Bird's Nest Fungi

Emptying the compost bucket, I noticed a Giant Swallowtail, the first in years. After a dash inside to grab the camera and a subsequent data-card malfunction, I watched the butterfly flounce its way through the neighbor's yard, clear a backyard fence and pass out of sight. A little dejected to not get the photo but pleased to have seen this uncommon butterfly in our backyard, I returned to my original task of dumping a week's accumulation of coffee grounds and moldy vegetable and fruit peelings.

On the ground near the garden fence I noticed something even more uncommon than the butterfly, and if not more uncommon at least something I hadn't seen before, Bird's Nest Fungi. This unlikely-shaped fungi, common among woody debris in forests and the suburban equivalent of wood chip mulch, creates a scattering of tiny hollow cones, shaggy on the outside, opalescent on the inside. A spontaneous creation, these conical fruiting bodies, of the unseen mycelium connecting in the dark like brain cells.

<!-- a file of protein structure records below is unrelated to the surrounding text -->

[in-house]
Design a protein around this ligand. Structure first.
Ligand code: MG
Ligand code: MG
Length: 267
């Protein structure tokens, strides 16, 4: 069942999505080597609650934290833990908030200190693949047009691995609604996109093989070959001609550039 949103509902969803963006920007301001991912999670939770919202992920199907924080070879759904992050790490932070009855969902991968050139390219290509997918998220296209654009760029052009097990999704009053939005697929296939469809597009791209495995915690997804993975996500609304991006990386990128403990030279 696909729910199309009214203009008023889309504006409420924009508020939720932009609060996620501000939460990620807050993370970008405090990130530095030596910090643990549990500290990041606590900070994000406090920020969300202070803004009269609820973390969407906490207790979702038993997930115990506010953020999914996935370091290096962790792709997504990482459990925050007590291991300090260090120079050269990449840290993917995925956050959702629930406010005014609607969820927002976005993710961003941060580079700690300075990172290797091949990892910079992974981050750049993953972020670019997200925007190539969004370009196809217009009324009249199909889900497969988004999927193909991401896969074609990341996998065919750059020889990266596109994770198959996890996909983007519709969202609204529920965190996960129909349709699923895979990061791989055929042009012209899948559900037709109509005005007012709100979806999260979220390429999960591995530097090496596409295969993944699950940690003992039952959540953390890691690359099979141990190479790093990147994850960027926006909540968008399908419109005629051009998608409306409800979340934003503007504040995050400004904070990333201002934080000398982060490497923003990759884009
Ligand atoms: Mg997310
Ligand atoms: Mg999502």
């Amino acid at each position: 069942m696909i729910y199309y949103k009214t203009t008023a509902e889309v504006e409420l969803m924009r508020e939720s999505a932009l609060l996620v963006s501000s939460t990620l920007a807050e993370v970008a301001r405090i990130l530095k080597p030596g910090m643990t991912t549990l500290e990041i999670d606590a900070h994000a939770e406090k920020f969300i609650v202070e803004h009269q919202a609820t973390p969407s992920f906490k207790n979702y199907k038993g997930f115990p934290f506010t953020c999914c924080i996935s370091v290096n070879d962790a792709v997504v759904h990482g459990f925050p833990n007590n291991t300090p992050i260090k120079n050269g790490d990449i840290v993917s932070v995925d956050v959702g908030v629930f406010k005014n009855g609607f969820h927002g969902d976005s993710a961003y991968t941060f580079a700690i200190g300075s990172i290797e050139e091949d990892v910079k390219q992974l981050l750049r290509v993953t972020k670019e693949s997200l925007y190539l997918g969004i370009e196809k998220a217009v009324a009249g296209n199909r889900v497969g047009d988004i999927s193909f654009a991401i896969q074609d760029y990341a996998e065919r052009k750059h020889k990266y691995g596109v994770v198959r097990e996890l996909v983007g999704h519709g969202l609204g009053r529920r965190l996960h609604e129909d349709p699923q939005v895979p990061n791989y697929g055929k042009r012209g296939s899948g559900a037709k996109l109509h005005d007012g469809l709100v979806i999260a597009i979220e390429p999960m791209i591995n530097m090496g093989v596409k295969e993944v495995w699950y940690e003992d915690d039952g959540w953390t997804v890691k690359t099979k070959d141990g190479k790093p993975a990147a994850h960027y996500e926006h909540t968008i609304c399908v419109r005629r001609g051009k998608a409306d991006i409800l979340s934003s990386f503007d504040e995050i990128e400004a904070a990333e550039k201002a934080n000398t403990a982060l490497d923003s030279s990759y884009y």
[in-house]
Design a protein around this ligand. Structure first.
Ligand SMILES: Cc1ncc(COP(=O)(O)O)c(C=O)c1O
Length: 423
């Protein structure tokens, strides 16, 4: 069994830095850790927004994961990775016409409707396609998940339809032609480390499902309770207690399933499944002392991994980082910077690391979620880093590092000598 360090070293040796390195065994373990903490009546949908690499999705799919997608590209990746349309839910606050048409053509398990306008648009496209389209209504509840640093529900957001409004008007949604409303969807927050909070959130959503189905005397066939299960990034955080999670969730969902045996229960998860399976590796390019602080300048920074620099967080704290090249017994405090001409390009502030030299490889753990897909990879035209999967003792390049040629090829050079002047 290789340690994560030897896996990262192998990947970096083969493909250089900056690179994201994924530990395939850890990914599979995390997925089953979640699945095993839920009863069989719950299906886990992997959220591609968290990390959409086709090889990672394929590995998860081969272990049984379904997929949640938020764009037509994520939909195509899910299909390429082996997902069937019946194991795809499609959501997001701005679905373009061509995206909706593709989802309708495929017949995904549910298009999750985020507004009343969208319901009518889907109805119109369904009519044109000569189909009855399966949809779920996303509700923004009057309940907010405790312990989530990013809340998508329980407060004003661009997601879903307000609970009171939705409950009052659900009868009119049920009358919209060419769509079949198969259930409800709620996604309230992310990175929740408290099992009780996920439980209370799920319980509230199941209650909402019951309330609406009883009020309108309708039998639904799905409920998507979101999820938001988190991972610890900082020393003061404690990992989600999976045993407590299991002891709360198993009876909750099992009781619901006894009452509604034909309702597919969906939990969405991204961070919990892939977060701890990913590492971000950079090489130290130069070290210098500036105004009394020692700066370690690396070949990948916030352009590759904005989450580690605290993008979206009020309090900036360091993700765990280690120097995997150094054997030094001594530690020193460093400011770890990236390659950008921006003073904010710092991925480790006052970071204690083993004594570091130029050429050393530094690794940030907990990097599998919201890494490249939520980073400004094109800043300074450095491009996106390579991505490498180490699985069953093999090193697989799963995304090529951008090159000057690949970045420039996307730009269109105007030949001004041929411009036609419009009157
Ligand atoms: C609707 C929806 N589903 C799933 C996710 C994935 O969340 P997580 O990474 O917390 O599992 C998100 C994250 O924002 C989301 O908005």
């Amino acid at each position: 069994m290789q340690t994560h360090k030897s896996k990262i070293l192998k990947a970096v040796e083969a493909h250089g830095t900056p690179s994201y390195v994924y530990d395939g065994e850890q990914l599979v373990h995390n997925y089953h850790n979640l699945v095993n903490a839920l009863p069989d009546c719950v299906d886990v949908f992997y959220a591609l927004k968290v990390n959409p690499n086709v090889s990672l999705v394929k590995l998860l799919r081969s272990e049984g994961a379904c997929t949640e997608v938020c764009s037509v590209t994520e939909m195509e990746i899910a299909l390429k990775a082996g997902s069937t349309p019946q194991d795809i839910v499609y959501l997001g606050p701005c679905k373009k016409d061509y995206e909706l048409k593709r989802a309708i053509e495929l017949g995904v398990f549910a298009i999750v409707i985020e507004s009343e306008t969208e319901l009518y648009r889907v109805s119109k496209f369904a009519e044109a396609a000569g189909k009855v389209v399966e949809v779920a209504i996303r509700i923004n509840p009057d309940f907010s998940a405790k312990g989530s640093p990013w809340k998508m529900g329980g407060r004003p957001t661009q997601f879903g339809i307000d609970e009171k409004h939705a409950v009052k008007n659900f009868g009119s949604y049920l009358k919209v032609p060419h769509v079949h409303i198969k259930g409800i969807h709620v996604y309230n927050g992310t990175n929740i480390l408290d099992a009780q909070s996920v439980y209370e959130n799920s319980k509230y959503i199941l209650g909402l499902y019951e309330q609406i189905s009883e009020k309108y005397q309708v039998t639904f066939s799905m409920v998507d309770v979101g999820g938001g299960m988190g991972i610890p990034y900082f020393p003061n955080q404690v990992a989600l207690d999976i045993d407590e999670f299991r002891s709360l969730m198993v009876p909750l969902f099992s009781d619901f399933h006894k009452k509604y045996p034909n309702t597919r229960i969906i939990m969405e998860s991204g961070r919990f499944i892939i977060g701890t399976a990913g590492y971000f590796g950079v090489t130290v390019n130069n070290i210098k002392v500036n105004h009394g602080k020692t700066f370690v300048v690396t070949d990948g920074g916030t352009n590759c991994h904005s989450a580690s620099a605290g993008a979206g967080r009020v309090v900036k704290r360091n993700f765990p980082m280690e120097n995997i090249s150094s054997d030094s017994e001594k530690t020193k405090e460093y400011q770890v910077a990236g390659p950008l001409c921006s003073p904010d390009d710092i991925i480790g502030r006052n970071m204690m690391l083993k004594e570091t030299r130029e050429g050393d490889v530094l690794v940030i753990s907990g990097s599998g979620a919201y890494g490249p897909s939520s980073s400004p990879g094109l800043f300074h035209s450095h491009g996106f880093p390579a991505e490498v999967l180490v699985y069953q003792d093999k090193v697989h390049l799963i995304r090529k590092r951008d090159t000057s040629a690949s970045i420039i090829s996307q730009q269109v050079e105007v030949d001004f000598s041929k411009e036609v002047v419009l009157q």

Each fruiting body flared and fluted like a fancy glass vase. The "eggs" of each nest, after the recent heavy rains, were missing, dispersed by splashing water drops. The same method of spore dispersal evolved among the lichens and mosses as well. A saprophytic fungi, the Bird's Nest Fungi furthers the decomposition of organic matter in soils.

Publicado por scottking scottking, 18 de agosto de 2017, 04:17 AM


Fotos / Sons




Agosto 17, 2017 04:12 PM CDT


Fluted Bird's Nest Fungus
back yard
Northfield, Minnesota


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